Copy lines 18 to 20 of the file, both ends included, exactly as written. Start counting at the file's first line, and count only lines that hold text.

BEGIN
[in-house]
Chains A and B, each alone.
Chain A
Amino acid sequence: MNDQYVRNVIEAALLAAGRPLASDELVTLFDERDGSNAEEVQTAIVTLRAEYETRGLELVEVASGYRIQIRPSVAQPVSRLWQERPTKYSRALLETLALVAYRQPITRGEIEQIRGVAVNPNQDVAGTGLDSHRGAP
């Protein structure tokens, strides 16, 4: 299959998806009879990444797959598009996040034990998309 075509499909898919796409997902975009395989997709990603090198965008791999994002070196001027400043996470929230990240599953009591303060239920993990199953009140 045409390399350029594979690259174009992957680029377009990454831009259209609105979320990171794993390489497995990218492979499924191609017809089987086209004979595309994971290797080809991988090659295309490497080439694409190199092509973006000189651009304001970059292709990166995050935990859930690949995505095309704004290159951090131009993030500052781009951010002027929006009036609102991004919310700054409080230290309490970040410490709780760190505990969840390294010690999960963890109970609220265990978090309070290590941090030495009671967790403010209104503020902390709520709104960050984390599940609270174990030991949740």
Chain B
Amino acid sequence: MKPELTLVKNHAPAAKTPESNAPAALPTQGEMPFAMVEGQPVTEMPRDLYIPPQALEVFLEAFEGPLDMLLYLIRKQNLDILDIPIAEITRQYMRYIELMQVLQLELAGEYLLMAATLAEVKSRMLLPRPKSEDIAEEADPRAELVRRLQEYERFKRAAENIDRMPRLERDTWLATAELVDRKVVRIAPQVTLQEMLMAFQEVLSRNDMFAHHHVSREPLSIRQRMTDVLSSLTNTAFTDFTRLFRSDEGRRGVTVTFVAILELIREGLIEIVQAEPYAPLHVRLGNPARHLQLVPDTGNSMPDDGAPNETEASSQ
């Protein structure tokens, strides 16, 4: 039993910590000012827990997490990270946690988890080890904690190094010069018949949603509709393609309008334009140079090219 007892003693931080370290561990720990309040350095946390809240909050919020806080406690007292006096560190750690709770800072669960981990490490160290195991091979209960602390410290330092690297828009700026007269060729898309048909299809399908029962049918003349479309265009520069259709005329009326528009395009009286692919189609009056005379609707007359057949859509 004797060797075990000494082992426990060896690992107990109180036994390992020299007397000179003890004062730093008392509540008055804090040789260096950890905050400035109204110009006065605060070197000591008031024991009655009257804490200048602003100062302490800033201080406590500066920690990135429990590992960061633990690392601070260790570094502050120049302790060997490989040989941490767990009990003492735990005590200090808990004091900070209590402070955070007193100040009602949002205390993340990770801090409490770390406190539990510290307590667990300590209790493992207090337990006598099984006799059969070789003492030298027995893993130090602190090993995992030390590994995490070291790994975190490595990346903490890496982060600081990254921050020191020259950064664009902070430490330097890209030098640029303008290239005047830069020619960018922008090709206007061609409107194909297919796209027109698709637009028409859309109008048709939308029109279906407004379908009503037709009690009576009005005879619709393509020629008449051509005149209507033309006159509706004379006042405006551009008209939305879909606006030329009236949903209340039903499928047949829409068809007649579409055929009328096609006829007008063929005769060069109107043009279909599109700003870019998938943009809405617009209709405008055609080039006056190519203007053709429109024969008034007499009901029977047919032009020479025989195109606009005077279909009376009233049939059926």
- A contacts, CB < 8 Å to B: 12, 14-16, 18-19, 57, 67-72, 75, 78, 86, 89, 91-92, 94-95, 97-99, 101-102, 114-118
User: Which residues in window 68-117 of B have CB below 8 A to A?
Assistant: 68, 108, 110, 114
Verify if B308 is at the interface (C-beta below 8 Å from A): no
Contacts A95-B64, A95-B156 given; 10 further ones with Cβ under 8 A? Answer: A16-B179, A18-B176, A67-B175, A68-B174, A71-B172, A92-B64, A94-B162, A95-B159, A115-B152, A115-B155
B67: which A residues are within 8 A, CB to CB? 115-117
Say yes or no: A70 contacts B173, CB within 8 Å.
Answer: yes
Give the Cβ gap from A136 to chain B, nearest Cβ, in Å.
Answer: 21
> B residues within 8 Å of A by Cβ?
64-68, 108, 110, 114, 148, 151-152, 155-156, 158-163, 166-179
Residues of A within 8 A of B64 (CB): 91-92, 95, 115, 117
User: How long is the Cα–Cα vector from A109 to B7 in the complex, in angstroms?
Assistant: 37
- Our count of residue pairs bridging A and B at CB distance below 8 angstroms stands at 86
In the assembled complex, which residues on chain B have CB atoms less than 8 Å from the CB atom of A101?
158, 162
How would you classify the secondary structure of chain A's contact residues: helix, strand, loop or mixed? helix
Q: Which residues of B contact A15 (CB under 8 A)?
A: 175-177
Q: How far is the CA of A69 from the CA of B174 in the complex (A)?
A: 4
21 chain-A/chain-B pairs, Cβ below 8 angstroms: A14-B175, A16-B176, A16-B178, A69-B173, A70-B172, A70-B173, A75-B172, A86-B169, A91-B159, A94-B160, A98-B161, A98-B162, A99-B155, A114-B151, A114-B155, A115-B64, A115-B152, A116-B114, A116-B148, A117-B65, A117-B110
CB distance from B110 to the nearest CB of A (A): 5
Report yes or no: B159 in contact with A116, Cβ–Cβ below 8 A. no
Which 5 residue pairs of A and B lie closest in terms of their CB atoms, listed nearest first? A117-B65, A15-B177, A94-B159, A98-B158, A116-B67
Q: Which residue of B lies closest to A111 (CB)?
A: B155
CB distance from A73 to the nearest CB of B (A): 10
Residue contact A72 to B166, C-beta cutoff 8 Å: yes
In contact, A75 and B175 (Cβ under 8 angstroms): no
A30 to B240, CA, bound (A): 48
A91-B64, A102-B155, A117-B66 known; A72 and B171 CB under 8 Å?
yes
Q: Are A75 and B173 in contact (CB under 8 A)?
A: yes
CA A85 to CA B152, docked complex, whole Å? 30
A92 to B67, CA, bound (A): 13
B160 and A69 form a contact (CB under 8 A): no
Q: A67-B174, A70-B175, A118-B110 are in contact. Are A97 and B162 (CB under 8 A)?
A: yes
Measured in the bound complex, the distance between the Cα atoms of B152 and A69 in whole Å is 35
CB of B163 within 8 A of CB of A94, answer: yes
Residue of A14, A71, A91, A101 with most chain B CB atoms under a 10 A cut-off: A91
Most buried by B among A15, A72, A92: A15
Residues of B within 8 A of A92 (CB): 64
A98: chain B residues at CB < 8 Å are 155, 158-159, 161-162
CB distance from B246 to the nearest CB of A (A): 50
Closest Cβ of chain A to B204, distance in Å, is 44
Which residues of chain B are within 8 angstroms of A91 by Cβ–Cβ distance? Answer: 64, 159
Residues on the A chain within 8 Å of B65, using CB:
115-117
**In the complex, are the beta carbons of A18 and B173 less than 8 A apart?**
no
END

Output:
Answer: 21
> B residues within 8 Å of A by Cβ?
64-68, 108, 110, 114, 148, 151-152, 155-156, 158-163, 166-179